This Is Us star Mandy Moore breaks down Rebecca's beautiful, devastating train ride
This Is Us just took viewers — and Rebecca — on a ride to remember.
Tuesday's lavish and emotionally devastating installment, "The Train," transported viewers to the long-dreaded end of the line for Rebecca Pearson (Mandy Moore). The episode tugged every heartstring it could find, brimming with heartache, hope, wonder, nostalgia, and gratitude for the matriarch who sparkled for so long before Alzheimer's snuffed out her magic. The episode employed the metaphor of a train — an idea that tracks back to the season 6 premiere — to reflect her passing on to the next realm. With Randall's biological father, William (Ron Cephas Jones), serving as the kindly conductor, she passed from car to car and reunited with familiar faces, all while nagged by the feeling that she was "waiting for someone."
While Rebecca began the process of crossing over in her mind's eye, her family was gathered in sad reality at the family mecca, saying their final goodbyes, but also hinting at new beginnings. (See: Deja's stomach and revelation to Randall.) The last, frantic arrival was Kate (Chrissy Metz), who flew back from London as fast as she could and ran to her mother's beside so the Big Three could be there for her last breaths. And as Rebecca reached her final destination in the caboose (a word she couldn't quite remember in the season premiere), she spotted a younger version of Kate. It was time. After William helped her to reconsider the sadness of endings, she climbed into the bed and turned over to see a special person who had already journeyed to the afterlife many decades prior: husband Jack (Milo Ventimiglia). They exchanged two words: "Hey" and "Hey." They were enough. They were everything.
Let's order too much Chinese food, pour ourselves a vesper, try to reduce cell inflammation in pancreatic tumors, draw really sad straws, and take a seat on the train next to Mandy Moore, who impressively assumed the reins of this family in the second half of the series and proved to be a mother like no other.
ENTERTAINMENT WEEKLY: So, that wasn't emotional at all.
MANDY MOORE: Yeah. [Laughs.] It's why I threw up after reading it. I couldn't breathe. I remember seeing Chrissy the next day at work and she had not the same reaction — she didn't get sick — but it was one of those experiences where you're so overcome that your sinuses are completely blocked. You can't catch your breath, really. It wasn't even so much the saying goodbye and her turning and Jack is there at the end. All of that was just [blows exhausted raspberry] exceedingly beautiful, but I think it was being led by William and just all of these little Easter egg details. I don't know what all is going to be seen [on TV] — just the little bits and bobs from our life, the "Taboo" game was there, the growth chart from the kitchen in the Pearson house, there were just so many fun things for me to look at and be caught off guard by and really reacting to in the moment. What a beautiful, all-encompassing way to showcase someone's life at the very end.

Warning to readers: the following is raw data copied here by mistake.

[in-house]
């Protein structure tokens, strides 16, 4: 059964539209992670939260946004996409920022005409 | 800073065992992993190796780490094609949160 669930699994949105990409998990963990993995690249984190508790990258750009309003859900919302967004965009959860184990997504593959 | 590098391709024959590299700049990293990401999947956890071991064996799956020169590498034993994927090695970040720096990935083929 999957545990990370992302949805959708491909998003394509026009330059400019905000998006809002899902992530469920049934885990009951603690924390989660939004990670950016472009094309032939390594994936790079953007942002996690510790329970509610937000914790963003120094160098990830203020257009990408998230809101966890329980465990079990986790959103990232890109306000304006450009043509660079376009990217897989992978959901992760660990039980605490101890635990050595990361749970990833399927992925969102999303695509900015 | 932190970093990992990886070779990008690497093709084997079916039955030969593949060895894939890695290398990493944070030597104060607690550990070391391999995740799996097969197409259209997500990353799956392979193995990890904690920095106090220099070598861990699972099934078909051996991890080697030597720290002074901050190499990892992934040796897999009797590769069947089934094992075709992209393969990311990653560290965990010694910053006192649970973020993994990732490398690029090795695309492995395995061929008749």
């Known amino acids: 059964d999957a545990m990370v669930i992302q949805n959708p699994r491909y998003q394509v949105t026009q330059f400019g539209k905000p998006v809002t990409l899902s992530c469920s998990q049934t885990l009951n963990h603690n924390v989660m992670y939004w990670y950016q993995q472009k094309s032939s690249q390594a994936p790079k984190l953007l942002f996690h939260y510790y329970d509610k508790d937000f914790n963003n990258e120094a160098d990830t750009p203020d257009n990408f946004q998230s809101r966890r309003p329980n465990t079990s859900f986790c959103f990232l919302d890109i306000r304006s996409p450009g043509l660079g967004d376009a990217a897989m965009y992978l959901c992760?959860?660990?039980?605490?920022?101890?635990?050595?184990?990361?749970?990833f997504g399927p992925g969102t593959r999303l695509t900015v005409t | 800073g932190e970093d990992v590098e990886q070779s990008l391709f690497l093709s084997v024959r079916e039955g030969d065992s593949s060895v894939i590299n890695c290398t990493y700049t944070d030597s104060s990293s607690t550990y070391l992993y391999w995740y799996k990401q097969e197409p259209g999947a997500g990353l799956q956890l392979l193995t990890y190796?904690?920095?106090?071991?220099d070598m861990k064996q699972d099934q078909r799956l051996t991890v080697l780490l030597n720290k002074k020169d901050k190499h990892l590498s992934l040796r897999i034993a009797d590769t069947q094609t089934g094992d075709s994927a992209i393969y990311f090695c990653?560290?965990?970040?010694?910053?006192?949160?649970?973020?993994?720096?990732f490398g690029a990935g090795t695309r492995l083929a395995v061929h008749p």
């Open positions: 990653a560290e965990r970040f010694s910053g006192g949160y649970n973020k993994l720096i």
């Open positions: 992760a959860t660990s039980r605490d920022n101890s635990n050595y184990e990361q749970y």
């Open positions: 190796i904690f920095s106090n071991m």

What were your first thoughts when you learned that Rebecca would cross over in this train metaphor, reconnect with all these familiar faces, and see this wonderful jumble of her life as she passed through each car?
It's one of the most beautiful things I've ever read in my life. I wrote Dan [Fogelman] immediately after finishing it and was just like, "I'm so honored that I get to be a part of this and to tell this story, and to end this story in this manner just is wow." I never, ever could have imagined that this is what we would be doing at the end. It is the most beautiful metaphor, and my goodness, if this is what really happens to us at the end — it doesn't seem all that bad, you know? [Laughs.]
We should all be so lucky. What was the biggest challenge for you in calibrating your performance in this episode?
Because we got to live in a world where Rebecca was at her most cognizant, I feel like she was at a chapter of her life where she maybe felt like she was firing on all cylinders. It was nice to live in that world again, because for the last season and a half, we weren't really in this world anymore. This was the period of eight- to 12-year-olds and those kids grew up. So we've been living with the little littles, a bit of the teenagers, so I haven't existed in this space before. I think it was like where the marriage was the strongest.
It was a lot of fun to play back in this era, and to get to work with everybody in a way. It was funny to see my castmates as a younger woman — seeing Susan on the train and it's like, "Yeah, I'm not Rebecca present day when I'm with you, which is normally the case." And working with Gerald [MacRaney, as Dr. K] again and getting to work with Ron again — and not in present-day [old age] makeup and all of that, it was such a treat.